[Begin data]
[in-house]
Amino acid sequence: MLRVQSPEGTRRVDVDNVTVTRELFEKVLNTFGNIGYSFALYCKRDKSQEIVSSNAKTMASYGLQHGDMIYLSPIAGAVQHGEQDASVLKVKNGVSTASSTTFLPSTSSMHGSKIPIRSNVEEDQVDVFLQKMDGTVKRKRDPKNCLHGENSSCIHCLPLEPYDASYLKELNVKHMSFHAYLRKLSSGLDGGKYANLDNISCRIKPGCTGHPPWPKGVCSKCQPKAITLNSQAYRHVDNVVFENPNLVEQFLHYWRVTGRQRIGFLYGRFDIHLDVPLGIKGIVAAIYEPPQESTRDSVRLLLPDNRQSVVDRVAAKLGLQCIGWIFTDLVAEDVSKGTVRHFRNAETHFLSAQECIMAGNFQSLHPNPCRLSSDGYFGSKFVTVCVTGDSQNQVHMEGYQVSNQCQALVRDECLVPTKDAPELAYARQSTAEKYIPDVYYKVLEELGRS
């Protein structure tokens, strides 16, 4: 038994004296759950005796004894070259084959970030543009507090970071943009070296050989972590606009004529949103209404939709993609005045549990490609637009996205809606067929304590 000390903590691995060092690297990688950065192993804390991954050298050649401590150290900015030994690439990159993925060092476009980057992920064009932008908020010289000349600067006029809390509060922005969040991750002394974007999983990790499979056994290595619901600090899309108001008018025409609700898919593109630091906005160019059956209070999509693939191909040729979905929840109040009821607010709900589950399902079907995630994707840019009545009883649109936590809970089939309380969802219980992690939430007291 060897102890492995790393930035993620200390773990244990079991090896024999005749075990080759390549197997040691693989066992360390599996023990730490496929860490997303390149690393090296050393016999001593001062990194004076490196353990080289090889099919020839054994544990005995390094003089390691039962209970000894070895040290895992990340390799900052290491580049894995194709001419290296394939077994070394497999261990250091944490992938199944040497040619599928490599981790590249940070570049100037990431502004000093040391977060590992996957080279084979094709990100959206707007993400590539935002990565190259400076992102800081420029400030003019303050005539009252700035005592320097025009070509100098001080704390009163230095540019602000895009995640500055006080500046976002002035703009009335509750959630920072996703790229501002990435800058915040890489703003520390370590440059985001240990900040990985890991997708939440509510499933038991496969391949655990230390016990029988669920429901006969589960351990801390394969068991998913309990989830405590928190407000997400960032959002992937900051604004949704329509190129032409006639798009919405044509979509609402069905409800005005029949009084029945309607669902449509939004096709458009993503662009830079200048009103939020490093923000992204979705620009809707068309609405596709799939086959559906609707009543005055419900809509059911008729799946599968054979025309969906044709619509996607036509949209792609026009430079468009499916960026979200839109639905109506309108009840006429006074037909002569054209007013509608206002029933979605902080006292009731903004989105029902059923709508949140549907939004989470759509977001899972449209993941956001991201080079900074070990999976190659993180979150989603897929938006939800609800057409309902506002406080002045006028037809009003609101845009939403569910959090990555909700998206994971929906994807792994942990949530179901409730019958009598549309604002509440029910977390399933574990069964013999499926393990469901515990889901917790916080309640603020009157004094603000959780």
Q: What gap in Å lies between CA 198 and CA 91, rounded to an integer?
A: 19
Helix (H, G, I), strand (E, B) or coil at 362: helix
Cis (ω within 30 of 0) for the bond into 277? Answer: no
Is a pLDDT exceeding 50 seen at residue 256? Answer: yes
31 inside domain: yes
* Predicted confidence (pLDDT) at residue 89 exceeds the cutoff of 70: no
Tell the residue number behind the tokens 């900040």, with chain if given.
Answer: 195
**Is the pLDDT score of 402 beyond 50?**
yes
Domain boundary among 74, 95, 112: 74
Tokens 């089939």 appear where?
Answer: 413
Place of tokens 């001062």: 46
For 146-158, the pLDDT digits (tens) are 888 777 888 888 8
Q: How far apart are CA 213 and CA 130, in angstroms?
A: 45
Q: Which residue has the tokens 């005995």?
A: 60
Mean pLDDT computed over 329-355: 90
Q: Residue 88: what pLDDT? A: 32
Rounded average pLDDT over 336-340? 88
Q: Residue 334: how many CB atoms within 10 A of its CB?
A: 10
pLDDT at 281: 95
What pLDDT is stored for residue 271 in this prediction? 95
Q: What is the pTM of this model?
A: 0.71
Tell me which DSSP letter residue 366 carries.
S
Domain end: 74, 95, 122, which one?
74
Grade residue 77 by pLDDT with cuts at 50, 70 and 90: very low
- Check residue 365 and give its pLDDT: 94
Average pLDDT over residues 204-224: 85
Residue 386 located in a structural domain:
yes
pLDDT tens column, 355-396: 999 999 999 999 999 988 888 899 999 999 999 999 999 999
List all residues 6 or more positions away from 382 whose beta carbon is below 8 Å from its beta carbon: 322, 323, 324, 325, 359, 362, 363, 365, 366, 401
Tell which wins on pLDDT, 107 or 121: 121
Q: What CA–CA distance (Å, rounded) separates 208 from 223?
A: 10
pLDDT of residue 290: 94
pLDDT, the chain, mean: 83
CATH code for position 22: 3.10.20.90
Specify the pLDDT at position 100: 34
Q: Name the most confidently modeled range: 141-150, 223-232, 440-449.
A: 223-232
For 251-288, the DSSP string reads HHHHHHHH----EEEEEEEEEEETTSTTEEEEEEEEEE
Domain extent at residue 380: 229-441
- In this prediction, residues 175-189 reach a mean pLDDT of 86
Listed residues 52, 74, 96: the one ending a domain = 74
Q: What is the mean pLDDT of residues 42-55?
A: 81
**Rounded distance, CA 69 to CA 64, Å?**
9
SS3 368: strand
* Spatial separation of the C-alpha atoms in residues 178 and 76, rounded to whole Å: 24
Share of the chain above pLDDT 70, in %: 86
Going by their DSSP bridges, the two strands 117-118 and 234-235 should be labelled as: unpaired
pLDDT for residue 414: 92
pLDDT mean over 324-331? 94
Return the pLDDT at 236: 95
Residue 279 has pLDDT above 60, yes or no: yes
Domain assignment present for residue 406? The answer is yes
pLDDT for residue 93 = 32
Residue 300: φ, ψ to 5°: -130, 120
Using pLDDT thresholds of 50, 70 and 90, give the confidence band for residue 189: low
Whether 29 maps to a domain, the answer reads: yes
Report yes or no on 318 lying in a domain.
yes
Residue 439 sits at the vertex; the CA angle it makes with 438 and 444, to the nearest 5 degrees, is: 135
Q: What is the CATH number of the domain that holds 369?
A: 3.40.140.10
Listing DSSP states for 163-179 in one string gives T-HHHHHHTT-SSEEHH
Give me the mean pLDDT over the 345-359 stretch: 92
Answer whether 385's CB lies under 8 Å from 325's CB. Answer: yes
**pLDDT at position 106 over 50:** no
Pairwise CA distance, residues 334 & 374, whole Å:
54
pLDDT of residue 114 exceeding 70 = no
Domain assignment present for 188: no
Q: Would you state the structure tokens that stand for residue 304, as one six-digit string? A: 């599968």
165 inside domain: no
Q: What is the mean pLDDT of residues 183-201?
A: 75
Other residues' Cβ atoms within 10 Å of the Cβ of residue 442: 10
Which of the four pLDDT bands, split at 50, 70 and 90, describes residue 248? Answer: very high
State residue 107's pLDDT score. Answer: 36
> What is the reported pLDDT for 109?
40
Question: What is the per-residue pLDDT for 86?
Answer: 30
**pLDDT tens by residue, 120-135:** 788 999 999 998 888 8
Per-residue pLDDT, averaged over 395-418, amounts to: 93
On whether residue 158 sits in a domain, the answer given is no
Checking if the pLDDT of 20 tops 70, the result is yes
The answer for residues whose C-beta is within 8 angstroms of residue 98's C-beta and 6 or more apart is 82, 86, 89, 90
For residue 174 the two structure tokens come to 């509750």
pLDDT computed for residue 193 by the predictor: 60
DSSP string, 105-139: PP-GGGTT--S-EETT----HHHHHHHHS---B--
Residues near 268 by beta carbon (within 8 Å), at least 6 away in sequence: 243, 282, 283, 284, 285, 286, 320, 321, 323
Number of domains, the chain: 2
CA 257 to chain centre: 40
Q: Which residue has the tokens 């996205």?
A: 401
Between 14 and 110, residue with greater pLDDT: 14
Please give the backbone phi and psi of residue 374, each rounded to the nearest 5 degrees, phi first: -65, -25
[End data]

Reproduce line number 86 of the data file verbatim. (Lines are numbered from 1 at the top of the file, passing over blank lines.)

Domain assignment present for 188: no